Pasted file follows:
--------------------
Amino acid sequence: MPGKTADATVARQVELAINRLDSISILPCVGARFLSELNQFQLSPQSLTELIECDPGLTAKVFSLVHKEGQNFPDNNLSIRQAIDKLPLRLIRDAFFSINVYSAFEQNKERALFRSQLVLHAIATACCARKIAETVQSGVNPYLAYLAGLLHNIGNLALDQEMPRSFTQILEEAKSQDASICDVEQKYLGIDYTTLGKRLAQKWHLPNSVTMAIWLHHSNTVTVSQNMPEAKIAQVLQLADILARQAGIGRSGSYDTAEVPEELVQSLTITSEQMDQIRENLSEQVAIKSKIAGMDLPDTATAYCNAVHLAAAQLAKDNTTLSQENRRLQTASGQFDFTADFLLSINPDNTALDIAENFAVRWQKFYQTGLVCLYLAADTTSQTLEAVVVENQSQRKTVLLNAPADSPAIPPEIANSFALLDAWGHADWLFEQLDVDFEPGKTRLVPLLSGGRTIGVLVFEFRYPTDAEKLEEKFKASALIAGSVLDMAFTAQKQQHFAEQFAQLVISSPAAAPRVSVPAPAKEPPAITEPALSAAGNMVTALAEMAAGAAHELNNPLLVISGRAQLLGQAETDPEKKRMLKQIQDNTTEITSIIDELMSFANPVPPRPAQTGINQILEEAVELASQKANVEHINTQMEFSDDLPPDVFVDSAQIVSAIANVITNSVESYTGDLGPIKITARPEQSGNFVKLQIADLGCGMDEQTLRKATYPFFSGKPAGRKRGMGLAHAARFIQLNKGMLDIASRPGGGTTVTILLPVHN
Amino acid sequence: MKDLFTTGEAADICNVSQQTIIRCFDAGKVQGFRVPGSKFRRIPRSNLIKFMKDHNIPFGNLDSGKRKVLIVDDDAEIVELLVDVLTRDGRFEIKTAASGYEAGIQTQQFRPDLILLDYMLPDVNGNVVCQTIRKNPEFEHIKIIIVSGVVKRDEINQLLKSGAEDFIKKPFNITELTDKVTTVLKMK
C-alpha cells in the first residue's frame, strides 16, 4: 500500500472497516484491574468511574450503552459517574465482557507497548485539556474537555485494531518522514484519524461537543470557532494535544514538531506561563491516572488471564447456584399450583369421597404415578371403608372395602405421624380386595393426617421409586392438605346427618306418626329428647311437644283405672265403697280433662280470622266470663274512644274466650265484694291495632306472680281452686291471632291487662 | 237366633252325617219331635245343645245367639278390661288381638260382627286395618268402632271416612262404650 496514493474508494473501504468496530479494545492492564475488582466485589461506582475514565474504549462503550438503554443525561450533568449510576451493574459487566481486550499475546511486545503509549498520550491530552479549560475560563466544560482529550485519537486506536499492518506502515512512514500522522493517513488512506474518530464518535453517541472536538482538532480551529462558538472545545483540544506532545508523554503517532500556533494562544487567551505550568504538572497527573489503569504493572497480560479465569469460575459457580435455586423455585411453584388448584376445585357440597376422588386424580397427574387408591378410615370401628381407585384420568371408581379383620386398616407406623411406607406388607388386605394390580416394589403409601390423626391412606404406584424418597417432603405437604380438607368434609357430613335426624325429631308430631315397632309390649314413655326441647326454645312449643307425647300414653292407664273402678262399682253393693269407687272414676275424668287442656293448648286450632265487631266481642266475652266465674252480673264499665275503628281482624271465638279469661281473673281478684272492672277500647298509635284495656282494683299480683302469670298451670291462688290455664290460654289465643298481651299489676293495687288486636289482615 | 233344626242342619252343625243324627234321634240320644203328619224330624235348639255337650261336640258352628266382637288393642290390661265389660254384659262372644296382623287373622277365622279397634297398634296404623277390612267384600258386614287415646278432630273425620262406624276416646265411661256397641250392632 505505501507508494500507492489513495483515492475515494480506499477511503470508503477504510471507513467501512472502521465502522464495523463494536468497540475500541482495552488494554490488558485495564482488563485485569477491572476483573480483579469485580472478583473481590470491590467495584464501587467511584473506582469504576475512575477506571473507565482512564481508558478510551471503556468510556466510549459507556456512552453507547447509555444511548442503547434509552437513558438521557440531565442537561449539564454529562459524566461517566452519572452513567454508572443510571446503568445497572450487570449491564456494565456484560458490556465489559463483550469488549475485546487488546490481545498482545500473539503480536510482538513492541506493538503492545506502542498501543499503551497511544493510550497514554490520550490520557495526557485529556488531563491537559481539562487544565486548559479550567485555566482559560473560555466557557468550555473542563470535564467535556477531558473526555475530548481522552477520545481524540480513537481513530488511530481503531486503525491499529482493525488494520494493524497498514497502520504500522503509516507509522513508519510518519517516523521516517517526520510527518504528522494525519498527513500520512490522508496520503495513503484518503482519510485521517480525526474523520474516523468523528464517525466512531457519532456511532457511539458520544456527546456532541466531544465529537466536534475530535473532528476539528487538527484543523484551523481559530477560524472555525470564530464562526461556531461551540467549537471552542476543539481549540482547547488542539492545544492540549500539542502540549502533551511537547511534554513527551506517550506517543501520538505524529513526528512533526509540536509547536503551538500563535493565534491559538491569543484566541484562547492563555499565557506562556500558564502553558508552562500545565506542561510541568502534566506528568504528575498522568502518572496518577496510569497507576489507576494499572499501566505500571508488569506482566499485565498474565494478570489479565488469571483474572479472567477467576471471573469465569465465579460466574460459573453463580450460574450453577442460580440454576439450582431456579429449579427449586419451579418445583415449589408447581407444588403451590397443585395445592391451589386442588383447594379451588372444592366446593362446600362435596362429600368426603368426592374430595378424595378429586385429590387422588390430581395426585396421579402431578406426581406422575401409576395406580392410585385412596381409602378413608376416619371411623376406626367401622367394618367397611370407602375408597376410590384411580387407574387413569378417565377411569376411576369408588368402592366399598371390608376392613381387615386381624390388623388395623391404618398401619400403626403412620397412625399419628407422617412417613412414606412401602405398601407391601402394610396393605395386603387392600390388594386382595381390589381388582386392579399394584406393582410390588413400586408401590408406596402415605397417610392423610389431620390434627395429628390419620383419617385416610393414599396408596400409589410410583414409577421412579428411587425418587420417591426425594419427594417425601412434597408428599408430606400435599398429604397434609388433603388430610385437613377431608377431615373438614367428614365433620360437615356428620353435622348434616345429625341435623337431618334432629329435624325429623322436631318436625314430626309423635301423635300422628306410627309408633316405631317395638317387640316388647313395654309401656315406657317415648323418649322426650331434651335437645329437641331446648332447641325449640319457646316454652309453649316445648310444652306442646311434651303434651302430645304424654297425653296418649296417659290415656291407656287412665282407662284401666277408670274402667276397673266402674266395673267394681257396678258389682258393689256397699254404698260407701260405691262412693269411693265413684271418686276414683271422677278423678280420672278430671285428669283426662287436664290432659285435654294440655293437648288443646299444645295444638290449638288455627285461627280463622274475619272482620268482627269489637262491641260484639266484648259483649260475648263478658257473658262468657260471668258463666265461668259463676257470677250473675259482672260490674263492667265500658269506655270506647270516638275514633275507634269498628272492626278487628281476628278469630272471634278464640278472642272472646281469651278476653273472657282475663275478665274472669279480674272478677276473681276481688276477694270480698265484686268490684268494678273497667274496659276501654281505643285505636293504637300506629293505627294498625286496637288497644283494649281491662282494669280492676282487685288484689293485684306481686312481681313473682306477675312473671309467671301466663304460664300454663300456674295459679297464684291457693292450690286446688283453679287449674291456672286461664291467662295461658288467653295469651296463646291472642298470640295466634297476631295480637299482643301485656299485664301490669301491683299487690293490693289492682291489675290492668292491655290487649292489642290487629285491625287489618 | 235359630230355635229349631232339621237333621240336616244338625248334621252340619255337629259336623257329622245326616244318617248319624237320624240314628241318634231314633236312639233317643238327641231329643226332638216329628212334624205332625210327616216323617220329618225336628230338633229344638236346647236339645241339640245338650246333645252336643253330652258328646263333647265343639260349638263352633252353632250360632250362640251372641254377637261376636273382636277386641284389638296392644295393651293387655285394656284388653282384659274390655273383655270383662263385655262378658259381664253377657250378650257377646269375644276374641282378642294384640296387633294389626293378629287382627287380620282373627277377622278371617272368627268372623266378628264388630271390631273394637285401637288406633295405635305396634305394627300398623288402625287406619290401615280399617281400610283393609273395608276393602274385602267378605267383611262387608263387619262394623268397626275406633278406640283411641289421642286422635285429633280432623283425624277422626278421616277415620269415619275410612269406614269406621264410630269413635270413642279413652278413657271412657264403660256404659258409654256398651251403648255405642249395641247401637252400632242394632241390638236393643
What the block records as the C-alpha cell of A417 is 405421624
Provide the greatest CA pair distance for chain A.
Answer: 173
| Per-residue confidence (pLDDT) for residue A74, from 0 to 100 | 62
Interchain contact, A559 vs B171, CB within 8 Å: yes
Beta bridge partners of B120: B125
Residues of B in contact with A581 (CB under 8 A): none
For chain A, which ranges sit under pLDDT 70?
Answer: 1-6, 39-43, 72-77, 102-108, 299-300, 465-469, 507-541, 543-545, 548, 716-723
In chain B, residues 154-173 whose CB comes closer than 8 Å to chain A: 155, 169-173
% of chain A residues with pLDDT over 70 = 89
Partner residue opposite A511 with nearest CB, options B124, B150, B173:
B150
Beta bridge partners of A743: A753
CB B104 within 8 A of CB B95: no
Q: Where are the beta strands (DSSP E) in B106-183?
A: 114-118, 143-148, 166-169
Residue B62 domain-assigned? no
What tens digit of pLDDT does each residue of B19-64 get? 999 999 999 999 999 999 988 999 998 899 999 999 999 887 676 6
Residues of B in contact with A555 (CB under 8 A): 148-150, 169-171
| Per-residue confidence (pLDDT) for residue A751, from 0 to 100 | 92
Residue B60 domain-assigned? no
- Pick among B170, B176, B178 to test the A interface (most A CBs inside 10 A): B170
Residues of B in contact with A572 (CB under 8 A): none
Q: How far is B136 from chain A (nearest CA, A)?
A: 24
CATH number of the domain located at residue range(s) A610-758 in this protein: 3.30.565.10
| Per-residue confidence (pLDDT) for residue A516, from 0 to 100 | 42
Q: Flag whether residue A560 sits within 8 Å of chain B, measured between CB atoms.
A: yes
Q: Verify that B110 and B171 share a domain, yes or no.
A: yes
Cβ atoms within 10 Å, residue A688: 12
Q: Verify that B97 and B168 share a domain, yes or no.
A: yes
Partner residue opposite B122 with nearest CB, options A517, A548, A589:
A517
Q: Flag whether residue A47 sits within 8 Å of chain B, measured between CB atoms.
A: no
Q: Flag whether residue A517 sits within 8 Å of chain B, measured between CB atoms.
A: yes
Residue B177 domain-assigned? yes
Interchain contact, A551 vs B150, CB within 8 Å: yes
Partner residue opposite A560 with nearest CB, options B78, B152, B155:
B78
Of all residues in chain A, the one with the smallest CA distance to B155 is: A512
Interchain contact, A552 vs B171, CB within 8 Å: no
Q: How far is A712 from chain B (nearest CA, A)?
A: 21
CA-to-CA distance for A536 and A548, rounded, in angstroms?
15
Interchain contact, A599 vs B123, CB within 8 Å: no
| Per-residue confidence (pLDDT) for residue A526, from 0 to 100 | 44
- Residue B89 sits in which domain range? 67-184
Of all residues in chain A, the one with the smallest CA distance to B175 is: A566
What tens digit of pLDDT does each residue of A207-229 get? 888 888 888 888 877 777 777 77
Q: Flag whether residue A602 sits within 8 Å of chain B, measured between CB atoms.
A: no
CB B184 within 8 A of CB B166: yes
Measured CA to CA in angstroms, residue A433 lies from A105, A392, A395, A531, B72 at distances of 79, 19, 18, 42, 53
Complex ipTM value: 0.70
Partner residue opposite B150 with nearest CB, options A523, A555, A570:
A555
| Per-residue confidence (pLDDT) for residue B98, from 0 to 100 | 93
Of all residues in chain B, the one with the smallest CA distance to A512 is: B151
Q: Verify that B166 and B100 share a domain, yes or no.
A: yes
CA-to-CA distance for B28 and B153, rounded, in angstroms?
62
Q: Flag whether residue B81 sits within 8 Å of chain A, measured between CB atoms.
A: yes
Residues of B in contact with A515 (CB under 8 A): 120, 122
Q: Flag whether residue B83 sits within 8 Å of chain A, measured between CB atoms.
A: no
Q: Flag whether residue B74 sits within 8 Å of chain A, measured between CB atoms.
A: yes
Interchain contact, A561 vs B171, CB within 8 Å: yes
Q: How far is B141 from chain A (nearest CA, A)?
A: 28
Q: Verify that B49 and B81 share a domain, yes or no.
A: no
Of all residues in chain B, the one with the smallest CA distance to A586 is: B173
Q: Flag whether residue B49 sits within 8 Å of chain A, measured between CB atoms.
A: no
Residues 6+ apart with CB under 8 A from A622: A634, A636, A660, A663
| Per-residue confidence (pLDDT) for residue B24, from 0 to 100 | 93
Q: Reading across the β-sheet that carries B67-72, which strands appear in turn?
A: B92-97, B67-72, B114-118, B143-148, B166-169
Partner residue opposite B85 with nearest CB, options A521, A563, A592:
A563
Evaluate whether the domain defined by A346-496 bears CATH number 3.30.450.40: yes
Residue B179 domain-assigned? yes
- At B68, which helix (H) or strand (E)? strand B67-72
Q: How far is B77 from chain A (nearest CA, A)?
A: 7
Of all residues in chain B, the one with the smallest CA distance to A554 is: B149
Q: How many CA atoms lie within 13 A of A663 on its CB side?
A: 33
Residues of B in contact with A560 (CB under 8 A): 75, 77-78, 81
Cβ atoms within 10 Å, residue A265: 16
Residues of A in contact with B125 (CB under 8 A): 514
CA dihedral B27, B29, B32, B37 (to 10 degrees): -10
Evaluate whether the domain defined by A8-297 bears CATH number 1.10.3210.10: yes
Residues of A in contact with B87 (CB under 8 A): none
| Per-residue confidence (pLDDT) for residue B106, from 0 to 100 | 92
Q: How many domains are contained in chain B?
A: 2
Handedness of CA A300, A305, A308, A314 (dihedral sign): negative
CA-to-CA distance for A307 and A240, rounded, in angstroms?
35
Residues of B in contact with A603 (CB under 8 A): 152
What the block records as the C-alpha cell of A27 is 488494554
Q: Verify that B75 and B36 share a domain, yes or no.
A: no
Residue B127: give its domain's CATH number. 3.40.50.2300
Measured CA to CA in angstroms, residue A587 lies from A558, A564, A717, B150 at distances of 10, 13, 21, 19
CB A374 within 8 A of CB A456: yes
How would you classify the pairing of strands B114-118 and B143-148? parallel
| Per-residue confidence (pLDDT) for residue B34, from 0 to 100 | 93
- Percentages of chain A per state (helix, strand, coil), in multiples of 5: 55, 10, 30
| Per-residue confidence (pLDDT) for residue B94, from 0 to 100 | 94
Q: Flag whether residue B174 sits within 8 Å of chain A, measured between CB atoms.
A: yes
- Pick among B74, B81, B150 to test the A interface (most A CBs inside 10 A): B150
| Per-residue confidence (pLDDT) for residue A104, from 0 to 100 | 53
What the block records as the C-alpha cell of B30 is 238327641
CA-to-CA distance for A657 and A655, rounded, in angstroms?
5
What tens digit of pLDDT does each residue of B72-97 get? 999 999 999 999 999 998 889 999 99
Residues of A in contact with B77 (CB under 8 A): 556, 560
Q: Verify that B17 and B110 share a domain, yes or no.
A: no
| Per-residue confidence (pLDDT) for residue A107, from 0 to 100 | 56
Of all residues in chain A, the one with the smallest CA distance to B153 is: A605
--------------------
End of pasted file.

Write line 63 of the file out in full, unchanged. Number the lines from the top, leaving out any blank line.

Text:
Measured CA to CA in angstroms, residue A433 lies from A105, A392, A395, A531, B72 at distances of 79, 19, 18, 42, 53